A major advantage of using eyelet 17 on a lens like that shown in FIG. 1A and the insertion technique that has just been described is that the entire implanting sequence can be accomplished with only one instrument. Iris retraction with a second instrument is unnecessary and, therefore, there is less intraocular manipulation, less incision separation and less chance of complication. The ability to further close the incision offers another advantage, as does the use of continuous irrigation of the operative site. Eyelet 17 will not snag the iris 4, and it gives the surgeon directional control of the intraocular lens in both the plane of the iris, as well as the anteroposterior plane perpendicular to the plane of the iris.

Eyelets may also be advantageously used to reduce the manipulations necessary during intraocular implantation surgery in lenses other than the open loop lens shown in FIG. 1A, for example, the closed loop lens shown in FIG. 1B and the combination of closed loop and open loop lens as shown in FIG. 1C.

In the past, various lens configurations have been found with eyelets in the haptic loops. For example, see U.S. Pat. No. 4,298,995 in which a haptic portion stamped from flexible plastic sheet material includes holes drilled or molded in various positions along the haptic. For soft plastic filamentary loop material like that used with the lenses shown in FIGS. 1A, 1B and 1C, the material is too thin to permit the molding or drilling of holes to form an eyelet. Consequently in the past, eyelets have been formed by overlapping the loop material and forming a bond at the overlapped portion by a heat-fusing process.

However, heat fusing can be a difficult and expensive process on a very thin filament of material like that used on the lenses in FIGS. 1A, 1B and 1C. First of all, the plastic form which the loops are made is primarily an insulating medium and can be quickly melted under the application of heat. Since the heat-fusing technique relies principally on conductive heat transfer through the insulating material, it can be difficult to form a good bond before the material completely melts.

In FIGS. 4 through 6, various heat-fusing techniques of the prior art are shown. In FIG. 4 a teflon-coated heat probe 50 is brought into contact to the side of the loop 51 in which an eyelet 53 is formed with a butt joint wherein the free end 52 of loop 51 is coiled back on itself to butt against the adjacent sidewall 54 of the remaining loop body 56. Loop 51 rests on platen 60. When probe 50 is energized, a portion of the material of loop 51 is melted by thermal conduction. The bond 58 is formed on the side of the loop closest to probe 50. Because the loop is an insulating material, heat takes a relatively long period of time to conduct through the loop material so that the bond area on the side of the loop opposite the probe 50 is less substantial than on the side of the loop adjacent the probe 50. (See FIG. 4.) In FIGS. 5 and 5a where free end 52 overlaps remaining loop body 56, the bonded area 58 tends to bulge. In FIGS. 6 and 6a where the free end 52 of loop 51 is cut at a bias and placed against the adjacent sidewall 54 of the remaining loop body 56, the bond 58 tends to have less material available to form the bond.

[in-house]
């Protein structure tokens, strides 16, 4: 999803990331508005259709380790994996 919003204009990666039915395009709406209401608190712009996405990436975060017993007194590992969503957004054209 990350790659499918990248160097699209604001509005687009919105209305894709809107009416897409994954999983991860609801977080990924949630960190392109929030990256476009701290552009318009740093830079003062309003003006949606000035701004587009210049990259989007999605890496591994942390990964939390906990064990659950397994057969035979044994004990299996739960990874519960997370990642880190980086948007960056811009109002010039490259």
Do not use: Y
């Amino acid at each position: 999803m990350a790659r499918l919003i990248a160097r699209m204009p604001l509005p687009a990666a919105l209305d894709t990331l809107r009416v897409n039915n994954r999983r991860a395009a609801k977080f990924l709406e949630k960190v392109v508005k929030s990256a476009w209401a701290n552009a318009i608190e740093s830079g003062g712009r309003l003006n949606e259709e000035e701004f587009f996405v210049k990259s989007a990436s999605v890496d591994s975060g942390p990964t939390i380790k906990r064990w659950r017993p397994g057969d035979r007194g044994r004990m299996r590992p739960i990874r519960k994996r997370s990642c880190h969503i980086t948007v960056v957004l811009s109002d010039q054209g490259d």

With a heat-fusing technique, the placement of the probe with respect to the area to be bonded is critical, partly because the material melts very quickly and partly because the material is generally insulated. Probe 50 is a thin needle with a diameter somewhat less than the diameter of the loop material. Placement of such a thin probe 50 with the precision that is necessary to form the weld is a difficult task. Using heat fusing, it is very difficult to get a smooth finish without excessive flash. Excessive flash would be undesirable, because the extra flash could irritate the very sensitive anatomy on the interior of the eye.

It is also important that the inside of eyelet 53 be generally circular and smooth so that there are no bumps or projections on which a surgical manipulating tool can catch. With the heat-fusing process, it is difficult to control the amount of excess material which can flow in to obstruct the circular interior of the eyelet, so that it is difficult to completely eliminate all rough surfaces and flash that could cause obstructions for a surgical tool.

It would be desirable to have a fast process which did not require precise placement of the loop but would still permit a strong smooth bond to be obtained to form the eyelet with a minimum of flash.

SUMMARY OF THE INVENTION

The present invention provides an intraocular lens loop with an eyelet, and a method for forming the eyelet, which addresses the problems encountered with heat fusing but which does not involve molding or drilling, so that the process can be used with a loop filament like those used with the lenses in FIGS. 1A, 1B and 1C. The loop of the present invention includes a body adapted for connection to an optic of an intraocular lens with an integral and continuous portion of that body disposed in overlapping relationship to define an eyelet with the confronting surfaces of the overlapped portion bonded together ultrasonically. The thermosetting plastic fiber material from which the loops shown in FIGS. 1A, 1B and 1C and the like are used is particularly well adapted for ultrasonic bonding.